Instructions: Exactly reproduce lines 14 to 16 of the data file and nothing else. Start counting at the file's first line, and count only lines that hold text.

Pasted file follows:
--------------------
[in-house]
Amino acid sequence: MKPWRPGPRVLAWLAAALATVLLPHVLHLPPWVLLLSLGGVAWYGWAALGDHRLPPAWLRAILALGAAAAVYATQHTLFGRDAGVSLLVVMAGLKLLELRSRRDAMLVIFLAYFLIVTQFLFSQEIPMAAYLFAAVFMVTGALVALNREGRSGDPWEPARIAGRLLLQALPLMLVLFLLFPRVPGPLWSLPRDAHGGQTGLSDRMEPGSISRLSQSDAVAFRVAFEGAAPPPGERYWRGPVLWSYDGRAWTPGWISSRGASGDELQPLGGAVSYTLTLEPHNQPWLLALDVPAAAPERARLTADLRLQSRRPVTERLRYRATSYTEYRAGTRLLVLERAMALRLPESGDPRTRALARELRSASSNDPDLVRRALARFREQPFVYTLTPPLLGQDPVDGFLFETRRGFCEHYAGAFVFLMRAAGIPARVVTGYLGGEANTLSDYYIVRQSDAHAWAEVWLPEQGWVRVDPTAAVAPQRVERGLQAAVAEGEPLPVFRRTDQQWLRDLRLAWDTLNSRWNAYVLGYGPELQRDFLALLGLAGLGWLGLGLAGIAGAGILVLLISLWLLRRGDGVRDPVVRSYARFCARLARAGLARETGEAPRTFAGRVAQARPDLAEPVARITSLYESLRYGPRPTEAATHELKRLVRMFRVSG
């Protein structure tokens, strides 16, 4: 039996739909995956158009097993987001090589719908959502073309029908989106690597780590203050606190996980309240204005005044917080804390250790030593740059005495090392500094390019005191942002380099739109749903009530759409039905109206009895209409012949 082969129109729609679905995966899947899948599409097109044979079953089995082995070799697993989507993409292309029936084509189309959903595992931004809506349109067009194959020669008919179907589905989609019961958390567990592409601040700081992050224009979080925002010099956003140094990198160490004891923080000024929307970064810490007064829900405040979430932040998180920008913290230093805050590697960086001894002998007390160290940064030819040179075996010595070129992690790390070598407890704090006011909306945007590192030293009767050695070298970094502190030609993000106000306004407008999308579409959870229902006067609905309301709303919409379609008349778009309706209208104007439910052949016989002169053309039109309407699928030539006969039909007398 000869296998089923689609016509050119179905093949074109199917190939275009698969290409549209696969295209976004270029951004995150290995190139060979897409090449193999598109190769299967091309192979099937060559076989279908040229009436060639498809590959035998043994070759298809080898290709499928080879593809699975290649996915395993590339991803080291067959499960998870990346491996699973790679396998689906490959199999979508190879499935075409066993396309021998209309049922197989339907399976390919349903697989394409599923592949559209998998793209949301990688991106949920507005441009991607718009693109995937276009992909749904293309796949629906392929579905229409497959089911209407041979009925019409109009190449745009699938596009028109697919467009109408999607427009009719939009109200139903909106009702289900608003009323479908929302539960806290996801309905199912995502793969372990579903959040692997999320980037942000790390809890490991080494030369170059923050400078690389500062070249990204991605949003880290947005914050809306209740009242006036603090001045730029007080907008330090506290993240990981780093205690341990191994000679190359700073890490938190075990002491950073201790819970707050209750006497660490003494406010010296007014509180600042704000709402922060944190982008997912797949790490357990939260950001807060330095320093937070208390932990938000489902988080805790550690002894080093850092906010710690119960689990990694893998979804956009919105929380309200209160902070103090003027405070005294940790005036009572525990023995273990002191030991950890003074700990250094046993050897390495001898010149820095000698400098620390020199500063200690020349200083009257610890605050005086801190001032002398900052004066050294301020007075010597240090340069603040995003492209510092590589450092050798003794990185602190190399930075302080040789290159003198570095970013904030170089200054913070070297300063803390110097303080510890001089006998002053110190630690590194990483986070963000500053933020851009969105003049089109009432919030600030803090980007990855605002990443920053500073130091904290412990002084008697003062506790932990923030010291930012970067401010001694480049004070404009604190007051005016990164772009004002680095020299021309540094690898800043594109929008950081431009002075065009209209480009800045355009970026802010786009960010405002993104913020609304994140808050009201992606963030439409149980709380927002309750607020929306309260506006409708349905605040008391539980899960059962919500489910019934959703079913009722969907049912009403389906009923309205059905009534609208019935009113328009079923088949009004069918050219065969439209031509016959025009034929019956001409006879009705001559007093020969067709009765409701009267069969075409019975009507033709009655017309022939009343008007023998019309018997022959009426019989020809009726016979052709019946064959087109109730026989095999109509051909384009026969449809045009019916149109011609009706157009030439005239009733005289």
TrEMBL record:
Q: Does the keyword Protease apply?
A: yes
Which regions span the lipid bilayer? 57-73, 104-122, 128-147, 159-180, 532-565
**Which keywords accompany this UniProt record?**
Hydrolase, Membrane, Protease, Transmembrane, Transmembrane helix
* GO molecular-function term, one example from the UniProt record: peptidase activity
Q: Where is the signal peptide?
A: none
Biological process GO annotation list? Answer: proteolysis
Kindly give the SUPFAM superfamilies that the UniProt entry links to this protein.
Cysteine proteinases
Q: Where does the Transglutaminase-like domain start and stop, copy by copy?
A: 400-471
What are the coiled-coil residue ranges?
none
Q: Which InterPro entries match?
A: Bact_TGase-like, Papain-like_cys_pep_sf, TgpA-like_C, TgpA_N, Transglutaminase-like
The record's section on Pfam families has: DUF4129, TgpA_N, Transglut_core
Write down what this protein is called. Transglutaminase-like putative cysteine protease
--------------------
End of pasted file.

Kindly give the SUPFAM superfamilies that the UniProt entry links to this protein.
Cysteine proteinases
Q: Where does the Transglutaminase-like domain start and stop, copy by copy?